How the PAP can win more votes

There is one last day of campaigning left to this GE season. Mr Khaw Boon Wan said that there is no guarantee that the PAP will be in government after the polls. I too am worried that that may happen. I care deeply for Singapore too. As such, I would venture to give four suggestions to PAP which I think will help PAP get a greater share of the votes.

Don’t suka suka redraw the borders of the electoral divisions

Say whatever you want. But most people think that the boundaries of some of the electoral boundaries are redrawn are primarily to give the PAP an advantage at the polls in a first past the post system. Why else would Joo Chiat get gobbled up by Marine Parade GRC after GE2011 where the PAP nearly lost to the WP? Why else would Cheng San GRC get broken up after GE1997 where the PAP only won narrowly? As He Ting Ru mentioned in her rally speech on 7 September, this leads to “geographical instability”, something we can do without in Singapore.

Depoliticise People’s Association (PA)

The PA is responsible for supporting the army of volunteers of various grassroots organisations (GROs). It is only good for Singapore that so many people are willing to step up and volunteer to make their own community a better place. But the way that PA is set up irks many Singaporeans. In an area where the MP is from PAP, the advisor to the GROs is the MP. However, in areas where the MP is not from PAP, the advisor to the GROs is a PAP appointed person.

To many, if not most, Singaporeans, this is unacceptable. Especially since the citizens’ consultative committee (CCC), the most powerful of the GROs, is also in charge of selecting neighbourhood improvement projects to be put up for approval by the Community Involvement Projects Committee (CIPC), which is under the MND. These projects can only start after the CIPC approves that they should be funded. If MPs are responsible for municipal functions, as the PAP likes to insist, then why is it that in opposition controlled areas, the PA is set up in such a way that denies the opposition MP from taking charge of the CIPC funds?

Not only that, because the PAP controls the CCC, it means that in areas where the MP is from the opposition, the MP cannot use assets and sites of the CCC. This includes the community club and residents’ committee centres. The unfairness of this system reached an absurd level when the HDB, a government agency, in 2011, after WP won Aljunied GRC, removed 26 sites from the purview of the town council, leasing them to the People’s Association instead. It was such a major issue that even the candidates of the presidential election in 2011 urged for fairness. This politicizing of the PA is a big issue that makes people feel that the PAP is being a bully. And that turns people off.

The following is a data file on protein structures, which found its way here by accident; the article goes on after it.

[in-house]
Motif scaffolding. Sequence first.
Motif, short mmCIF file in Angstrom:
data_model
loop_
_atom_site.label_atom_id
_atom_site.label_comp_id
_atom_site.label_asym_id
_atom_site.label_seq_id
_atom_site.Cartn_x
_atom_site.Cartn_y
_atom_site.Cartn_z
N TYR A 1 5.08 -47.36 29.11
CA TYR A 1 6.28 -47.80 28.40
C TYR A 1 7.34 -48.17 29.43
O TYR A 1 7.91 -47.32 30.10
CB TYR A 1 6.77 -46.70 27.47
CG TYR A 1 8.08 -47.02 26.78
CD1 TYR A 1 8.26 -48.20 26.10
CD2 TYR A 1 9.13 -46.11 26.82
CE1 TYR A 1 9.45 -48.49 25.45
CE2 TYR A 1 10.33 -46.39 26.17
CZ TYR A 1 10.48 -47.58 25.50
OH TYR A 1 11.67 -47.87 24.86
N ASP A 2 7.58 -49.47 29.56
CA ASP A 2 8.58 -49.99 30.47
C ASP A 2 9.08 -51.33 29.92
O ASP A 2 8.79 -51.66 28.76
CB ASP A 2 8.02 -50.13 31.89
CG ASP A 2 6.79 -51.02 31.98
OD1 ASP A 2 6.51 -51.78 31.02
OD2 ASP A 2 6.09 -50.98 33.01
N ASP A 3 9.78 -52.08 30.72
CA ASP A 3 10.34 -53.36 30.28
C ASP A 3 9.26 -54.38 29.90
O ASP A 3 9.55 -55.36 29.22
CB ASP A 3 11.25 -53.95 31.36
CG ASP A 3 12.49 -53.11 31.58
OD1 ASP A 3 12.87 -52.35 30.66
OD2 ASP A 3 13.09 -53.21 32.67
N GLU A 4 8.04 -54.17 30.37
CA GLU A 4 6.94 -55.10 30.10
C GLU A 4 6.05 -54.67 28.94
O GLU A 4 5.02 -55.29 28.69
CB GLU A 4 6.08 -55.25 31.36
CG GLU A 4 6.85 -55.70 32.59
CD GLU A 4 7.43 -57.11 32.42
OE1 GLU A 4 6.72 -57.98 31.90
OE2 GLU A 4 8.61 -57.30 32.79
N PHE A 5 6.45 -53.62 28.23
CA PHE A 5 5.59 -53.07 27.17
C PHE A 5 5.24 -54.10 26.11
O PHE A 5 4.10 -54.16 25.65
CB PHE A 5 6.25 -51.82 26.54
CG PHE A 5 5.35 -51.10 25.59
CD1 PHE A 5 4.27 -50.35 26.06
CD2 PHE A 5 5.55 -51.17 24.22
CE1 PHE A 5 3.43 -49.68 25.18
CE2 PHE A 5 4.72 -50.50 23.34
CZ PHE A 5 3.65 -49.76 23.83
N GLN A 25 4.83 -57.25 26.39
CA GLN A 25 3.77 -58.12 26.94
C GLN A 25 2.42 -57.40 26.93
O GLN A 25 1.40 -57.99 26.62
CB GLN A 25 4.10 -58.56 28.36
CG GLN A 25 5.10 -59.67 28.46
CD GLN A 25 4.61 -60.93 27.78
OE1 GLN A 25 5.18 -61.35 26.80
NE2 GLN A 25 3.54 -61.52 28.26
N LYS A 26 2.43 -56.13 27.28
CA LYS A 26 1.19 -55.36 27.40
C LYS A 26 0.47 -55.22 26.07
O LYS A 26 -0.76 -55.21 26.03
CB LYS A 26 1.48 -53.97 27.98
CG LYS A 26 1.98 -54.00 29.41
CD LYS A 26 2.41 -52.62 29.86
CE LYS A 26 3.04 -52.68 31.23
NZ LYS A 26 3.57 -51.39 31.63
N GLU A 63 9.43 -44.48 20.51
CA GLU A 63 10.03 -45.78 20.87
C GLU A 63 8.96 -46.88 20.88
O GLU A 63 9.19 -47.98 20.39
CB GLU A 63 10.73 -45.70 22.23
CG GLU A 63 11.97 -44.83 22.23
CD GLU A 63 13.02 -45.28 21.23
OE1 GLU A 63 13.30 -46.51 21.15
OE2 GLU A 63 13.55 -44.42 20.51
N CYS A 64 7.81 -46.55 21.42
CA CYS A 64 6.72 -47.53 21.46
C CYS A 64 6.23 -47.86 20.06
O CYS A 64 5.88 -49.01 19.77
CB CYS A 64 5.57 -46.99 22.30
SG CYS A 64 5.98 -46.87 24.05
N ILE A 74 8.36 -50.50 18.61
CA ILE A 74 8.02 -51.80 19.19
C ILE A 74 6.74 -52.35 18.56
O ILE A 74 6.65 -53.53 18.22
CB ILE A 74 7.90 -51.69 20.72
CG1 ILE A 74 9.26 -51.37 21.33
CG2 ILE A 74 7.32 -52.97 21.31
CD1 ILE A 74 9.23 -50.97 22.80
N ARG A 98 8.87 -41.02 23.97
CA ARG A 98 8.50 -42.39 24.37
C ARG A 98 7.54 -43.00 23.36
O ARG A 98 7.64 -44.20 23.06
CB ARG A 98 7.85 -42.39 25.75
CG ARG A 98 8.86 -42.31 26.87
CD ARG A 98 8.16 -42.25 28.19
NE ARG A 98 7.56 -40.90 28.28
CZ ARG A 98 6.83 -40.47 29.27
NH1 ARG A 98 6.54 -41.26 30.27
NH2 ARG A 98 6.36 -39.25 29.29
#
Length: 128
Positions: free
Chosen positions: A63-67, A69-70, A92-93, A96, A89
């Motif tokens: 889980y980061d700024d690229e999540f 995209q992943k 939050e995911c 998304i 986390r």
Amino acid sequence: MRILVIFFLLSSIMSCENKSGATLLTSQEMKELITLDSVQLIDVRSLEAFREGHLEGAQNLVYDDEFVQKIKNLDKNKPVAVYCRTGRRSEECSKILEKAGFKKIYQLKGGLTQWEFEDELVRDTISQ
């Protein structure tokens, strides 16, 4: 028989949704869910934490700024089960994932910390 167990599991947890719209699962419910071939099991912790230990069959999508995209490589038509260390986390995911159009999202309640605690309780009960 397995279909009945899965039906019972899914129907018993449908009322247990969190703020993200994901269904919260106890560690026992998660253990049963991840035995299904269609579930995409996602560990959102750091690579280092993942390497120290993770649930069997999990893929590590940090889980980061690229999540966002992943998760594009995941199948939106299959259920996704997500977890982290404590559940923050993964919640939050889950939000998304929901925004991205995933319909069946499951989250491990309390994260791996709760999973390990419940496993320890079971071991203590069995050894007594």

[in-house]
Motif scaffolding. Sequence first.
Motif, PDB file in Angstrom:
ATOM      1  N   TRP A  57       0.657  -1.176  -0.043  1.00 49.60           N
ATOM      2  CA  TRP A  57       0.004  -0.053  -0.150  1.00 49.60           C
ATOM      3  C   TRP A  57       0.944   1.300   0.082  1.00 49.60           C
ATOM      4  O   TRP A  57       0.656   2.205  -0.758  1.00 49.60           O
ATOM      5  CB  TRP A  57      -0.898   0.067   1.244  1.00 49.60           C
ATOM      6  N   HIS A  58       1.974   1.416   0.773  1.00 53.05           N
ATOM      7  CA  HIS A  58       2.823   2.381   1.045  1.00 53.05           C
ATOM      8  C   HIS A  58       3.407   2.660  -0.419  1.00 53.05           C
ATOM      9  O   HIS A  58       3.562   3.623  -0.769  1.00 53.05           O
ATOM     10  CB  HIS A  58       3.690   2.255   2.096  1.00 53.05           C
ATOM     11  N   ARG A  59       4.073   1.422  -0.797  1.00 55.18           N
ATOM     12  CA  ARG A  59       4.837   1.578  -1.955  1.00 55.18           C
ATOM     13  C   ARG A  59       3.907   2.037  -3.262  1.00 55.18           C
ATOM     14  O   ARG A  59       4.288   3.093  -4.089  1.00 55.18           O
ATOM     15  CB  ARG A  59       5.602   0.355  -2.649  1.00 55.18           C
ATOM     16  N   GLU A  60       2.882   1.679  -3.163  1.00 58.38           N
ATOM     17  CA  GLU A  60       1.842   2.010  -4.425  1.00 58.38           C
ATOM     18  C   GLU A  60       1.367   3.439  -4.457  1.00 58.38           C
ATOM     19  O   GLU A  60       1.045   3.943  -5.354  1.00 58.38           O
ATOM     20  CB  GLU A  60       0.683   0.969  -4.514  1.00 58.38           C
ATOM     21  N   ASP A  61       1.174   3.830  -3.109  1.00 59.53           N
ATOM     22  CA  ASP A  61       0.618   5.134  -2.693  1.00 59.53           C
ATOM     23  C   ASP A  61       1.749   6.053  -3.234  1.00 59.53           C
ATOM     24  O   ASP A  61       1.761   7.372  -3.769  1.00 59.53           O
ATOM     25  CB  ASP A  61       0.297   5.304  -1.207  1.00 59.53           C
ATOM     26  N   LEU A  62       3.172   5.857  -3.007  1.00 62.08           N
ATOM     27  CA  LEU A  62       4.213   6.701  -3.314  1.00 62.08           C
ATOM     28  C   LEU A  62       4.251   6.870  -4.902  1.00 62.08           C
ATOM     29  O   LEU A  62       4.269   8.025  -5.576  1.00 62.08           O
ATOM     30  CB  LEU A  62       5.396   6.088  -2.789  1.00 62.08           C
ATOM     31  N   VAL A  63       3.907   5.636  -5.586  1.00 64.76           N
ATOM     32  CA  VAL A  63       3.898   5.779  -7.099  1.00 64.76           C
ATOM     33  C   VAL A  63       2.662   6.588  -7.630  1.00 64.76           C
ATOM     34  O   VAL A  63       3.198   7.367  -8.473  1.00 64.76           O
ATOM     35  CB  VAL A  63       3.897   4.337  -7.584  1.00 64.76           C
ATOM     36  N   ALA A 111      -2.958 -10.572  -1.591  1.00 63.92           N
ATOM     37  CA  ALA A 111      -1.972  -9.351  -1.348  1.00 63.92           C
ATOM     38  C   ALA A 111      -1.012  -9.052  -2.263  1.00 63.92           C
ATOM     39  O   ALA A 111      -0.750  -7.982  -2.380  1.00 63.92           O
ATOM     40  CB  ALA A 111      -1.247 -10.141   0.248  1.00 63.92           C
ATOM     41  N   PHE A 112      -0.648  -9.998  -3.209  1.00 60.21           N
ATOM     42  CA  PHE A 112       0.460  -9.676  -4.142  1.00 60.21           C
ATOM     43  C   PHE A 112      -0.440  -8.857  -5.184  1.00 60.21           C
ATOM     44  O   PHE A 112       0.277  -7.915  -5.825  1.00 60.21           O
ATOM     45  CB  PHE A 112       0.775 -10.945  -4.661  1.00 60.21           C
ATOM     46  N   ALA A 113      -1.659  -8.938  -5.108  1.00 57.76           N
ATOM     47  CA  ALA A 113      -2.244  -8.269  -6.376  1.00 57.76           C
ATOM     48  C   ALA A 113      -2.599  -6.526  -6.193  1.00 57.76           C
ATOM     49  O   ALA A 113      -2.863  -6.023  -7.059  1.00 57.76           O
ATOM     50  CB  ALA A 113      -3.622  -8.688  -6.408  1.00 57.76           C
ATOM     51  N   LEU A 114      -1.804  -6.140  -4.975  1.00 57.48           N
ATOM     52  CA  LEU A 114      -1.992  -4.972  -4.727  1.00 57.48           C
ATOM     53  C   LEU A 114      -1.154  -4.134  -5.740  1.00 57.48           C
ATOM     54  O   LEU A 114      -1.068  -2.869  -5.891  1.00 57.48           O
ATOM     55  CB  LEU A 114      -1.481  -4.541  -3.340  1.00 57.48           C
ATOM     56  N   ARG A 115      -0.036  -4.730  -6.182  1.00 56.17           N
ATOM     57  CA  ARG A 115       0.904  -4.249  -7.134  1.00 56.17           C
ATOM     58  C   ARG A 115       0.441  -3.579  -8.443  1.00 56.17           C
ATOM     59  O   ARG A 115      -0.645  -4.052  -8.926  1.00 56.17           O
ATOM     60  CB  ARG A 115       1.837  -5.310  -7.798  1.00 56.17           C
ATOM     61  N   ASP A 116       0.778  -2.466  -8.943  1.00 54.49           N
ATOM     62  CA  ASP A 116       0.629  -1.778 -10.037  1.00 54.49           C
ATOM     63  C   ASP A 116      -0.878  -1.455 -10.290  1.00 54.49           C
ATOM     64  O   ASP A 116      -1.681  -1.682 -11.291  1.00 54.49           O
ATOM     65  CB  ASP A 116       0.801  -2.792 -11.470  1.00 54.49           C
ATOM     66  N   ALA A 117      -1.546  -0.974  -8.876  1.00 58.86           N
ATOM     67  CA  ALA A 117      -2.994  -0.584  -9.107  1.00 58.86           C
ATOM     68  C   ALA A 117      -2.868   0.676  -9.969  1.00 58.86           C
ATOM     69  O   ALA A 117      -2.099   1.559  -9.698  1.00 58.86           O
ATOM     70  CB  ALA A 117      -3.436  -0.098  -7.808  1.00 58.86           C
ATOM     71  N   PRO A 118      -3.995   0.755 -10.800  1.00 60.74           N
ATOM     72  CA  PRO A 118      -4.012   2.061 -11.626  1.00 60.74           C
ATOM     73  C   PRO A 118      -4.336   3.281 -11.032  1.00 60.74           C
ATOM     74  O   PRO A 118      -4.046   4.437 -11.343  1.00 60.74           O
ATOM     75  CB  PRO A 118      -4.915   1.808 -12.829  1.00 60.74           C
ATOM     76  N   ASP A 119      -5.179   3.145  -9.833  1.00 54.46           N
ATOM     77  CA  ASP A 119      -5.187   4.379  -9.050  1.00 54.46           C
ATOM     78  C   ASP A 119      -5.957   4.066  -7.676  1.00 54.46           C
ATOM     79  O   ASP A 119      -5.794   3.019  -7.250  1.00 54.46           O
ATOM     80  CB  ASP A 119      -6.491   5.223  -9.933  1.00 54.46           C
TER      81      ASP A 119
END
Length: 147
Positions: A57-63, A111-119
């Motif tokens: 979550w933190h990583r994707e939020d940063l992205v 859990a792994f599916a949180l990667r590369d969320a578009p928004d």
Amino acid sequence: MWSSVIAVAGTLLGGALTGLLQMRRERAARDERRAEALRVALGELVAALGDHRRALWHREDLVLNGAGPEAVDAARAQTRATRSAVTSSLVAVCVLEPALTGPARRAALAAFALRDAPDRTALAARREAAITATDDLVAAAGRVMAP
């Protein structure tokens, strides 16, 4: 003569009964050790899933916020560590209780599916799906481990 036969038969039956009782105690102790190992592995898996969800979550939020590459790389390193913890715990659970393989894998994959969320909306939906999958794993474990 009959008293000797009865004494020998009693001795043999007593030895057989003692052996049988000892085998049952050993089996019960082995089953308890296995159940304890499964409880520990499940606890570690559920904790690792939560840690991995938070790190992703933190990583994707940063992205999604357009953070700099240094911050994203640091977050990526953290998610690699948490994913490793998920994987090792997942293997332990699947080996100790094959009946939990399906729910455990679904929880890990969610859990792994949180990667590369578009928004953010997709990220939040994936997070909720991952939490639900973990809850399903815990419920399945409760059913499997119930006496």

Stop blatantly making the media so biased

Another area that makes the PAP look like a bully and turns people off is its apparent use of the “mainstream” media. The “mainstream” media is biased in favour of the PAP. That is blatantly obvious. Even more so during this campaigning period. The amount of airtime on TV and radio that PAP candidates get is more than what the candidates of all the other opposition parties combined. In the print media, the PAP gets more print space and stories about them occupy the prime spaces. This has gotten to the point of being sickening for many Singaporeans. Perhaps that is why more and more Singaporeans would rather get information and commentaries about the campaigning through online sources.

Study carefully and implement the suggestions by Yeoh Lam Keong

The 2015 budget has gained much praise from Singaporeans. It has also cemented DPM Tharman’s position in the hearts of most Singaporeans. His rally speech was touted as the only reason why people still have hope in PAP. That said, more still can be done without much adverse impact on our economy.

Don’t take my word for it. But that is the point that Yeoh Lam Keong made. Yeoh Lam Keong was formerly the chief economist of GIC and is now an adjunct professor at the Lee Kuan Yew School of Public Policy. He believes that we can have “a uniquely Singaporean way forward that combines adequate social protection, fairness to our middle class and future generations as well as ensure fiscal sustainability”. And he gives a number of suggestions how that can be done too.

The PAP should study these suggestions carefully and implement as much of them as possible. That will leave the opposition very little to pick on, reducing their platform to something that will be so populist that most reasonable Singaporeans will readily reject.

Conclusion

It is definitely too late for the PAP to implement any of these suggestions. But if the PAP loses more ground this GE, perhaps they can consider these suggestions, which I am quite certain will help them gain back any lost ground.

See also: Less fear, more hope, please…

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